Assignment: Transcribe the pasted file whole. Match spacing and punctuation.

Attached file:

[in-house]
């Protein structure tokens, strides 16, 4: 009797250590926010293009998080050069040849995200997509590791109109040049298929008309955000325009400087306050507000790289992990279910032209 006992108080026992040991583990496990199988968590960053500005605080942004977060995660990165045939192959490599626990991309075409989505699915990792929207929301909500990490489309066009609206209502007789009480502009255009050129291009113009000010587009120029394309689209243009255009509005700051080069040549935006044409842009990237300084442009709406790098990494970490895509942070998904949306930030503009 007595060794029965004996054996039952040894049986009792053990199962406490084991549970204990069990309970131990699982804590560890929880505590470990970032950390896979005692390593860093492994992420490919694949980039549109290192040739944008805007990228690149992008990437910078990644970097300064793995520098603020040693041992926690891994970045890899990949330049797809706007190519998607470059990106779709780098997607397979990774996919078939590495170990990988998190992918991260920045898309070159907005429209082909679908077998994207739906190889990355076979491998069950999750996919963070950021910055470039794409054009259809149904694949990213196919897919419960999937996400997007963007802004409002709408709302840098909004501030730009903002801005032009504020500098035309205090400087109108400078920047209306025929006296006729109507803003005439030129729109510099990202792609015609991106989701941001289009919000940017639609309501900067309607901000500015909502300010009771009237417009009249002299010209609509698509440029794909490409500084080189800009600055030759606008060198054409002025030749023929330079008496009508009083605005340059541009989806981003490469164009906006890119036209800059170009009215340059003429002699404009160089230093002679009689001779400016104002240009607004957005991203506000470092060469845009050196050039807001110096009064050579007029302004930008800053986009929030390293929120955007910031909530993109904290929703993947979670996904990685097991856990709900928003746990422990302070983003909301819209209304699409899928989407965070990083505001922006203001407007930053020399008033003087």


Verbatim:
[in-house]
């Protein structure tokens, strides 16, 4: 009797250590926010293009998080050069040849995200997509590791109109040049298929008309955000325009400087306050507000790289992990279910032209 006992108080026992040991583990496990199988968590960053500005605080942004977060995660990165045939192959490599626990991309075409989505699915990792929207929301909500990490489309066009609206209502007789009480502009255009050129291009113009000010587009120029394309689209243009255009509005700051080069040549935006044409842009990237300084442009709406790098990494970490895509942070998904949306930030503009 007595060794029965004996054996039952040894049986009792053990199962406490084991549970204990069990309970131990699982804590560890929880505590470990970032950390896979005692390593860093492994992420490919694949980039549109290192040739944008805007990228690149992008990437910078990644970097300064793995520098603020040693041992926690891994970045890899990949330049797809706007190519998607470059990106779709780098997607397979990774996919078939590495170990990988998190992918991260920045898309070159907005429209082909679908077998994207739906190889990355076979491998069950999750996919963070950021910055470039794409054009259809149904694949990213196919897919419960999937996400997007963007802004409002709408709302840098909004501030730009903002801005032009504020500098035309205090400087109108400078920047209306025929006296006729109507803003005439030129729109510099990202792609015609991106989701941001289009919000940017639609309501900067309607901000500015909502300010009771009237417009009249002299010209609509698509440029794909490409500084080189800009600055030759606008060198054409002025030749023929330079008496009508009083605005340059541009989806981003490469164009906006890119036209800059170009009215340059003429002699404009160089230093002679009689001779400016104002240009607004957005991203506000470092060469845009050196050039807001110096009064050579007029302004930008800053986009929030390293929120955007910031909530993109904290929703993947979670996904990685097991856990709900928003746990422990302070983003909301819209209304699409899928989407965070990083505001922006203001407007930053020399008033003087």